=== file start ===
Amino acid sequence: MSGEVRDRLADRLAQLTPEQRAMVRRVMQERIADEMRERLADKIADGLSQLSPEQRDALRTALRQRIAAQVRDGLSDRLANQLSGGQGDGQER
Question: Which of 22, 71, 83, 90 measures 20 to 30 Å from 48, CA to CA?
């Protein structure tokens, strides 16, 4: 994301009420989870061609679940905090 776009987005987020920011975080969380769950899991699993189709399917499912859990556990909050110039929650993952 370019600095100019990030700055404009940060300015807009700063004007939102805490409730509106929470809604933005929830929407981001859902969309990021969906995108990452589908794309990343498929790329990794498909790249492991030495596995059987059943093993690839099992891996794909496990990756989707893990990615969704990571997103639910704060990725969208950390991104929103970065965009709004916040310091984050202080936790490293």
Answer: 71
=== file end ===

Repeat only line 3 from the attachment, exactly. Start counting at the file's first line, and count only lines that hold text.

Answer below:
């Protein structure tokens, strides 16, 4: 994301009420989870061609679940905090 776009987005987020920011975080969380769950899991699993189709399917499912859990556990909050110039929650993952 370019600095100019990030700055404009940060300015807009700063004007939102805490409730509106929470809604933005929830929407981001859902969309990021969906995108990452589908794309990343498929790329990794498909790249492991030495596995059987059943093993690839099992891996794909496990990756989707893990990615969704990571997103639910704060990725969208950390991104929103970065965009709004916040310091984050202080936790490293």